6 Tips For Coping With Menopausal Symptoms In The Workplace

By January 18, 2018Blog

This week, menopause at work has been in the headlines with experts saying employers need to do more to “normalise conversations” about the menopause in the workplace.

The comments came after a BBC survey found 70% of respondents did not tell their bosses they were experiencing symptoms.

Some firms have brought in menopause-specific policies but experts said for many it was still a taboo subject.

There’s no denying that menopause is tough, and for many women at midlife, they have to handle their difficult symptoms while working a full-time job.

With this in mind, this week’s ‘Weekly Wisdom’ is about how to cope with menopausal symptoms in the workplace.

In my Real Cost of Menopause survey, I found that 84% of the women interviewed, equal to about 8 million working women in the UK, believe their productivity at work was reduced because of menopause. Meanwhile, 75% feel that their productivity is reduced for over a week every month, which equates to 280 million less productive work days per year in the UK.

Yet only 20% admitted to taking time off to deal with their symptoms. This means that day after day, millions of women are working through tension headaches, fatigue, depression, foggy memory, mood swings, and many other menopause symptoms without saying a word.

Even though you shouldn’t feel as if you need to hide your symptoms, here are a few tips to help you deal with menopause at work…

  • Eat a wholesome diet little and often

The first thing you need to do is make sure you’re having a wholesome diet and that you’re eating little and often because unless you’re supplying your body with nutrients you won’t be able to function or concentrate at work.

 

  1. Consume naturally occurring oestrogen

You also need to have plenty of foods that contain naturally-occurring oestrogen, so soy milk, soy yogurt, edamame beans, linseeds or flaxseeds. All these things contain naturally-occurring oestrogen, which is so similar to oestrogen that you had circulating before menopause, so you can fool your brain to think you’ve got normal circulating oestrogen again.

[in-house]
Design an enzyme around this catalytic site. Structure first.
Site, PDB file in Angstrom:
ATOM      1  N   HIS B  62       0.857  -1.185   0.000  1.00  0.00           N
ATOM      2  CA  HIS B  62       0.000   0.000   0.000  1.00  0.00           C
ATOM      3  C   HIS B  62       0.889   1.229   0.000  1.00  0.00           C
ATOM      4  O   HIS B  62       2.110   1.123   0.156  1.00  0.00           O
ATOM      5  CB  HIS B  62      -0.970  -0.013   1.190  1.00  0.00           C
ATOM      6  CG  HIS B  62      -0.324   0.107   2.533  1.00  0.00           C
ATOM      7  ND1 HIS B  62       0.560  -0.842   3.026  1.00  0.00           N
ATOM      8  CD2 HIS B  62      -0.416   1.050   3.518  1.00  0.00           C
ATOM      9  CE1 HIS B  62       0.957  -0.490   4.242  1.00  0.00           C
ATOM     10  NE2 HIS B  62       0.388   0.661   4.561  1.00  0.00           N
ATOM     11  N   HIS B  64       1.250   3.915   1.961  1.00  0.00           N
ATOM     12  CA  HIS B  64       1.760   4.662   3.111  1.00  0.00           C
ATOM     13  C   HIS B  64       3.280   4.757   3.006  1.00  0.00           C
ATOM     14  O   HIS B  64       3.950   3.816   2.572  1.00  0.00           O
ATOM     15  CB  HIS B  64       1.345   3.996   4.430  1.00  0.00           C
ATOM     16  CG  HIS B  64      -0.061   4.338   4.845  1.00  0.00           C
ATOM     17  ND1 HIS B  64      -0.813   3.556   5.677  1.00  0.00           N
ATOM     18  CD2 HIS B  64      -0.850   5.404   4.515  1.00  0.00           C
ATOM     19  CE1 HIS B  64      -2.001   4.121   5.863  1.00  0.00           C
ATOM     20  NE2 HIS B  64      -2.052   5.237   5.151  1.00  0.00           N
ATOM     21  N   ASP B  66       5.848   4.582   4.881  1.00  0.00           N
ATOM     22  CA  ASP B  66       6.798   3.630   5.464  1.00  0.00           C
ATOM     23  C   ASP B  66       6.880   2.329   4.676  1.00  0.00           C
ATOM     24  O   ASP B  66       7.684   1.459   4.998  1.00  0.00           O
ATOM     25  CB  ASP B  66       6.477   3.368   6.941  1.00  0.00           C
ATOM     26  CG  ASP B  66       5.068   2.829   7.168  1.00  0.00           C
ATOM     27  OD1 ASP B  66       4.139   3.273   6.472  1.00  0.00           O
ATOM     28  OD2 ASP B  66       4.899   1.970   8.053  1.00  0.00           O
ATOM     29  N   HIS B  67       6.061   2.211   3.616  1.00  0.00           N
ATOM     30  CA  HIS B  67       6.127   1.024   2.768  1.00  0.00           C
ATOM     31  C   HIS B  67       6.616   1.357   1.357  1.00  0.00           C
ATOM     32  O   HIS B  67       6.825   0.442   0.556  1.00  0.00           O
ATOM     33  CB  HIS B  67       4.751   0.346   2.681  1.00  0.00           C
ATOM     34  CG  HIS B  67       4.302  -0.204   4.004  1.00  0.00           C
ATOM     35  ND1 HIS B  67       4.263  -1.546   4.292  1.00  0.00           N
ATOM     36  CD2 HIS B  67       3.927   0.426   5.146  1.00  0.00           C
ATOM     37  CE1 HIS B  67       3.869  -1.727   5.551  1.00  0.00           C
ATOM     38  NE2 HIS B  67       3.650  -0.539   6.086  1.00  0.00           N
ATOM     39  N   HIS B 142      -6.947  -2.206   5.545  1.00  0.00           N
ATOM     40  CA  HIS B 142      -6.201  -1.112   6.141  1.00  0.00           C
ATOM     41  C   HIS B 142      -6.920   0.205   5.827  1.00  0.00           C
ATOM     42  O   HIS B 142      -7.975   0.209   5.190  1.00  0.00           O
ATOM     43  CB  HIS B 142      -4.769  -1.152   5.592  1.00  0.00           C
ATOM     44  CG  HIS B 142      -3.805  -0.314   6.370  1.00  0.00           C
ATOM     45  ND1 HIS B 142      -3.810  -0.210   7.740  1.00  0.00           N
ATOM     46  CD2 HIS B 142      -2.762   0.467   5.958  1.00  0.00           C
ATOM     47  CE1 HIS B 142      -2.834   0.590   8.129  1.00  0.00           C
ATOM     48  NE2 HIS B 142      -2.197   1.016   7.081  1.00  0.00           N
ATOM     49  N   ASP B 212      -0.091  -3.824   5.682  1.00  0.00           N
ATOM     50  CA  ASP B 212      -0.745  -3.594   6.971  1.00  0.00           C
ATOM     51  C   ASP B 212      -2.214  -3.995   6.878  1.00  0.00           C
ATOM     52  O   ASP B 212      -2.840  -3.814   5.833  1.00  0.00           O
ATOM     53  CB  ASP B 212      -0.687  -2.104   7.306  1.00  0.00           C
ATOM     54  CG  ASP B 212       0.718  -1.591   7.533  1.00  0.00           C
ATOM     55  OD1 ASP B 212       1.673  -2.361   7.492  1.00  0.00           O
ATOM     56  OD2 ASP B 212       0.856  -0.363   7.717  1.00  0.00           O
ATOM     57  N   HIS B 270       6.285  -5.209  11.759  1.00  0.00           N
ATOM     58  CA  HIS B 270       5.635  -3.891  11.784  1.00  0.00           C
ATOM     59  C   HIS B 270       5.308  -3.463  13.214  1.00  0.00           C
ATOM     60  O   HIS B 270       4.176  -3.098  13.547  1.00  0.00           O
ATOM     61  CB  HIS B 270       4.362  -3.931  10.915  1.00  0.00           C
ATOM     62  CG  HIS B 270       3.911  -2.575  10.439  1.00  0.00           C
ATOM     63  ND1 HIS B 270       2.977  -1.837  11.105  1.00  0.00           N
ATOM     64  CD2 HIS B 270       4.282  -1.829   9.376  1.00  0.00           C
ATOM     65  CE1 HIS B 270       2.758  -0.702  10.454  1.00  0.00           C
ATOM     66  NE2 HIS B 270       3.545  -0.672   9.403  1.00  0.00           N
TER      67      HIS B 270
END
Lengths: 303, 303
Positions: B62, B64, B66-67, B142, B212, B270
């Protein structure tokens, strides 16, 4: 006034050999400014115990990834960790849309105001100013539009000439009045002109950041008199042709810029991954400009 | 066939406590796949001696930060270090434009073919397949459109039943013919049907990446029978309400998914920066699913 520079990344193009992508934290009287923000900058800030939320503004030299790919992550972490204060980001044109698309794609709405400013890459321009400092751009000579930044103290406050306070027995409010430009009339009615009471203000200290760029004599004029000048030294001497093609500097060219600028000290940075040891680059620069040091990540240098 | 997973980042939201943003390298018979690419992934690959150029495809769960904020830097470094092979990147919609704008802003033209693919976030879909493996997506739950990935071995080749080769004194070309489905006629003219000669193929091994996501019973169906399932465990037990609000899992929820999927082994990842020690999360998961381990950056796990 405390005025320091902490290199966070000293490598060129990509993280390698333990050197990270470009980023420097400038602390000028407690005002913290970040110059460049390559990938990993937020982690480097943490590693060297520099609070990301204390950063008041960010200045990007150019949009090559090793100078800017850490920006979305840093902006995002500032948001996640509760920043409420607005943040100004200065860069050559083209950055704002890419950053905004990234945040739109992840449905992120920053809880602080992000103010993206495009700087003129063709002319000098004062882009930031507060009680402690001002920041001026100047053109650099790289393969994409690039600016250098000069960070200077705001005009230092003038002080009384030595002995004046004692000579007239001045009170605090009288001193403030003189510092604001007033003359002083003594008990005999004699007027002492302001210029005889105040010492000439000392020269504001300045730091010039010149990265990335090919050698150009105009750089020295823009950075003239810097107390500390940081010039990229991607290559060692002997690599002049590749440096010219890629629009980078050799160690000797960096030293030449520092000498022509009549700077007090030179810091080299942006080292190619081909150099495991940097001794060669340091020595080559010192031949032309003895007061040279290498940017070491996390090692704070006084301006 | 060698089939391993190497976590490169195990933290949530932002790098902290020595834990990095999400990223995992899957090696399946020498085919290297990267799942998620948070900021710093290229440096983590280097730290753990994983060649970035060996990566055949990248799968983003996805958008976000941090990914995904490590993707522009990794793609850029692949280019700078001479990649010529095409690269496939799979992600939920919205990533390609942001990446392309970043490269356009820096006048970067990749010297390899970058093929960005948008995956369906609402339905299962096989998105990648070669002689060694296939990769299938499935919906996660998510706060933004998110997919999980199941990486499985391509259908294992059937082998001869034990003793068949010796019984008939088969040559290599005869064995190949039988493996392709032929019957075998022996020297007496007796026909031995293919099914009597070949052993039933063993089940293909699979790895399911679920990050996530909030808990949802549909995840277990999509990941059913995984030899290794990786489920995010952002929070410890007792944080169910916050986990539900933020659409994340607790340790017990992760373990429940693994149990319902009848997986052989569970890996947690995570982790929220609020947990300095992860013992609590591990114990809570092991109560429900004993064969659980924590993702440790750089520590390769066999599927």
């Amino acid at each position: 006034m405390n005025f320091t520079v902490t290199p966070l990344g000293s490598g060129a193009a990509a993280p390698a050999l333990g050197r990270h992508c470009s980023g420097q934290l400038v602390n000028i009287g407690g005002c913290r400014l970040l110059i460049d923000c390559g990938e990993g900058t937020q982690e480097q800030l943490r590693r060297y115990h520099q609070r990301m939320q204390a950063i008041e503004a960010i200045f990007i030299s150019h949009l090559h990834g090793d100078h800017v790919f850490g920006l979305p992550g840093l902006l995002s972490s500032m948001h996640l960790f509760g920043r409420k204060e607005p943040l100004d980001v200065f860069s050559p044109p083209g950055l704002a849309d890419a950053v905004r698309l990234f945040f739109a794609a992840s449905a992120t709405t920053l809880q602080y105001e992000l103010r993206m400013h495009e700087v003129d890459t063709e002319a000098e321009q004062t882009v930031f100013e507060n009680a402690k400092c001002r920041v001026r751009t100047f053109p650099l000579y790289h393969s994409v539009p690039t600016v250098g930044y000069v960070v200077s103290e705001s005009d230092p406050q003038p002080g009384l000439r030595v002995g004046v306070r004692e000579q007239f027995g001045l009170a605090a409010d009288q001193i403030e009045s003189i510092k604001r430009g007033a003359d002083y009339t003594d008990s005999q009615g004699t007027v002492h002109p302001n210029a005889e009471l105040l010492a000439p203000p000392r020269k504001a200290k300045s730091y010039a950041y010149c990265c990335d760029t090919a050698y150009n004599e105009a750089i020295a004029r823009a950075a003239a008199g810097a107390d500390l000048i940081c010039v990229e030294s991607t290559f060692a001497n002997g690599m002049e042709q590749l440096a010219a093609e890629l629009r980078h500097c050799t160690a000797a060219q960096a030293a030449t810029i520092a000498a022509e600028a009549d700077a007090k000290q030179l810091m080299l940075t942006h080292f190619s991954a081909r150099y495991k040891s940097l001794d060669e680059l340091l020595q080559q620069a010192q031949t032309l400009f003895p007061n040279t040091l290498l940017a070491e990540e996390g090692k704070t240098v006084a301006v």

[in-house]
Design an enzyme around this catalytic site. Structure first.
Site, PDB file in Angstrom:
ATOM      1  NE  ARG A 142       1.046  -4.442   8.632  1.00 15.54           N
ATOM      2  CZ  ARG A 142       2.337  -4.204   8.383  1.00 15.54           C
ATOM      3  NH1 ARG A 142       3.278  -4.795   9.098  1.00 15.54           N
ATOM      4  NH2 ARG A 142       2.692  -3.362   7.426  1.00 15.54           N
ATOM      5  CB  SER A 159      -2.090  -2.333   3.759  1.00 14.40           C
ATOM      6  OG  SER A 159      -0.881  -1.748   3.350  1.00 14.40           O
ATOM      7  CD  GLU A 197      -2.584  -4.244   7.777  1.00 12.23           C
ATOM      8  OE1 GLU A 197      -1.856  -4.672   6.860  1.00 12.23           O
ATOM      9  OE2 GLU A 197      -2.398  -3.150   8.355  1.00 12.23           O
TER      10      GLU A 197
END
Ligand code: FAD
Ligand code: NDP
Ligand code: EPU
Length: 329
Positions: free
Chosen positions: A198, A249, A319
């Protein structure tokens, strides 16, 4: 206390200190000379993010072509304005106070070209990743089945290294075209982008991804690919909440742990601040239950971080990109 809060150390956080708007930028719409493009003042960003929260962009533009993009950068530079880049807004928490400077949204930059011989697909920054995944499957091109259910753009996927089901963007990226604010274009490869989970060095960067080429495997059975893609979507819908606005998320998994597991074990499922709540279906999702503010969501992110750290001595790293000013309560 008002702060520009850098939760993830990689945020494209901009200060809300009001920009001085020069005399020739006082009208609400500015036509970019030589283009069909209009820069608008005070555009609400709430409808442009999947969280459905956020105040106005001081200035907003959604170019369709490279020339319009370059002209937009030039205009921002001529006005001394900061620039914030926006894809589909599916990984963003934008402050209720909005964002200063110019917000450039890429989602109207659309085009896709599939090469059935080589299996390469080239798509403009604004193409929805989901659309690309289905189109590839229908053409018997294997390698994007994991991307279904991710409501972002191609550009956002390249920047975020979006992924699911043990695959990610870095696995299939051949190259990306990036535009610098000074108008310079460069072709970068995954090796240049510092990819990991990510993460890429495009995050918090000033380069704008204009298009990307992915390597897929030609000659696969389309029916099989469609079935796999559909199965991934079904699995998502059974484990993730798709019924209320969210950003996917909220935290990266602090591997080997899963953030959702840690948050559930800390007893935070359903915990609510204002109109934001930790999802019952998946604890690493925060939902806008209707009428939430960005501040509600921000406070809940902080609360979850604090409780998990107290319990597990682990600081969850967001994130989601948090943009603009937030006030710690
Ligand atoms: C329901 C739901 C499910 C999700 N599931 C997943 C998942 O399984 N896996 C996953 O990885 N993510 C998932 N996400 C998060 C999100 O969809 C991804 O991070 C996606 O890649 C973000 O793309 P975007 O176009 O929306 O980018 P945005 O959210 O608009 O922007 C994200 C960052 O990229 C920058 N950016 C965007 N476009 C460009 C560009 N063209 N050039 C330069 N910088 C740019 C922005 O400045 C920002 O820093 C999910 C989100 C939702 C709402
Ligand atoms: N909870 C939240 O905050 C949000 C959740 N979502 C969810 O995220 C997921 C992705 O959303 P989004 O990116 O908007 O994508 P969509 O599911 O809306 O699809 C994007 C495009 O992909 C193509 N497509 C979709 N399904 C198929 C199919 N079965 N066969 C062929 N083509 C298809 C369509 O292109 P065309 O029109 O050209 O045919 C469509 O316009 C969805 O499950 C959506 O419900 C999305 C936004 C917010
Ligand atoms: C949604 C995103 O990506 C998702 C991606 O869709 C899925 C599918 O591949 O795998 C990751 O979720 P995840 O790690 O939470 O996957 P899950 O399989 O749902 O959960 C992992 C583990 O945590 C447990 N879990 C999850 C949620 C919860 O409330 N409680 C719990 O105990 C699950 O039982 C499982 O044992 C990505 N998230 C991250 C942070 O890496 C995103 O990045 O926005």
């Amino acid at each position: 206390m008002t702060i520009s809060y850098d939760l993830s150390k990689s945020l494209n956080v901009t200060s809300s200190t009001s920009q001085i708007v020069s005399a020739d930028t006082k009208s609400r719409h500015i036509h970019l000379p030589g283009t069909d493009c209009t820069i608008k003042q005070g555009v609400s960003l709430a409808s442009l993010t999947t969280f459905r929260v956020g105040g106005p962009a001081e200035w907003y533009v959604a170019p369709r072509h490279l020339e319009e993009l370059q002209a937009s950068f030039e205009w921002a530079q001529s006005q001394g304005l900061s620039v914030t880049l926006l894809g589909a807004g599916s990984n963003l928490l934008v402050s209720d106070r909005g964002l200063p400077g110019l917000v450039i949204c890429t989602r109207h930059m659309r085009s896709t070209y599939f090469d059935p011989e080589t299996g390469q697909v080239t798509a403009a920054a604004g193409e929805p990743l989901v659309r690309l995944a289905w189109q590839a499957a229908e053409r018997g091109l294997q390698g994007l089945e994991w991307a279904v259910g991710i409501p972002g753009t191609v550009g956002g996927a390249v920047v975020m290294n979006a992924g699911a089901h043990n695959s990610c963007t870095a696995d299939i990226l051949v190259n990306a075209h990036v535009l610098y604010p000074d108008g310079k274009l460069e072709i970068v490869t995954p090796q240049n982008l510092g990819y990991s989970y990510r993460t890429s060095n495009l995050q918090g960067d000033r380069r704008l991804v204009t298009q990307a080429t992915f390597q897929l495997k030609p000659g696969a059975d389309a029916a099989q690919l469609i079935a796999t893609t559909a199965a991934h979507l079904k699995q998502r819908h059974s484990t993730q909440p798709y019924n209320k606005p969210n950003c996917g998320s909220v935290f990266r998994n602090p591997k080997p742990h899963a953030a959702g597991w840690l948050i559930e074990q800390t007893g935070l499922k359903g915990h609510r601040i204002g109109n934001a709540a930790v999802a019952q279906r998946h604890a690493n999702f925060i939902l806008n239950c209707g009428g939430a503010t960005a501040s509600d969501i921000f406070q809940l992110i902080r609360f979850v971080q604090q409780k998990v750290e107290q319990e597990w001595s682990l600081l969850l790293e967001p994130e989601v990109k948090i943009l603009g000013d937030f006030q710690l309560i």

1. Pack nutritious snacks

You need a constant supply of good nutrients going through to your brain and your nervous system to keep your hormones functioning normally, so skip the vending machine or the cafeteria and pack your own, nutrient-rich lunches.

 

  1. Relaxation

Another thing that you can do to help yourself to control your symptoms is to do some regular relaxation, as this has been shown to reduce your hot flushes by as much as 50 or 60%. Those are the things that really embarrass us in the workplace because everyone can see that you’re sweating and that you’re going red in the face, so you want to try and deal with that as quickly as you can.

 

  1. Layer your clothing

We can’t always control the temperature in the workplace so it’s important to layer your clothing so that if you go into environments where you’re feeling hot or cold and others are not, you can easily peel them off without drawing attention to yourself. Sometimes after a flush you can get chilled so you need to be able to put on another layer.

 

  1. Talk to your colleagues

Many women are afraid to bring up the ‘M word’ in front of their managers or bosses, especially if they’re younger or male. It’s considered an embarrassing, taboo topic, and women fear that their unavoidable situation will be linked to their performance.

However, you really do need to communicate to your manager and colleagues to let them know you’re going through a transition, just as you would if you were pregnant or having a bad day with your period. You have every right to have support in the workplace.

To find out more about what’s really going on in your body at the time of the menopause and how you can overcome symptoms without having to take HRT or any drugs. join me at my next free MasterClass.

For more information about this topic and anything else about menopause why not join my new Menopause Membership Club.
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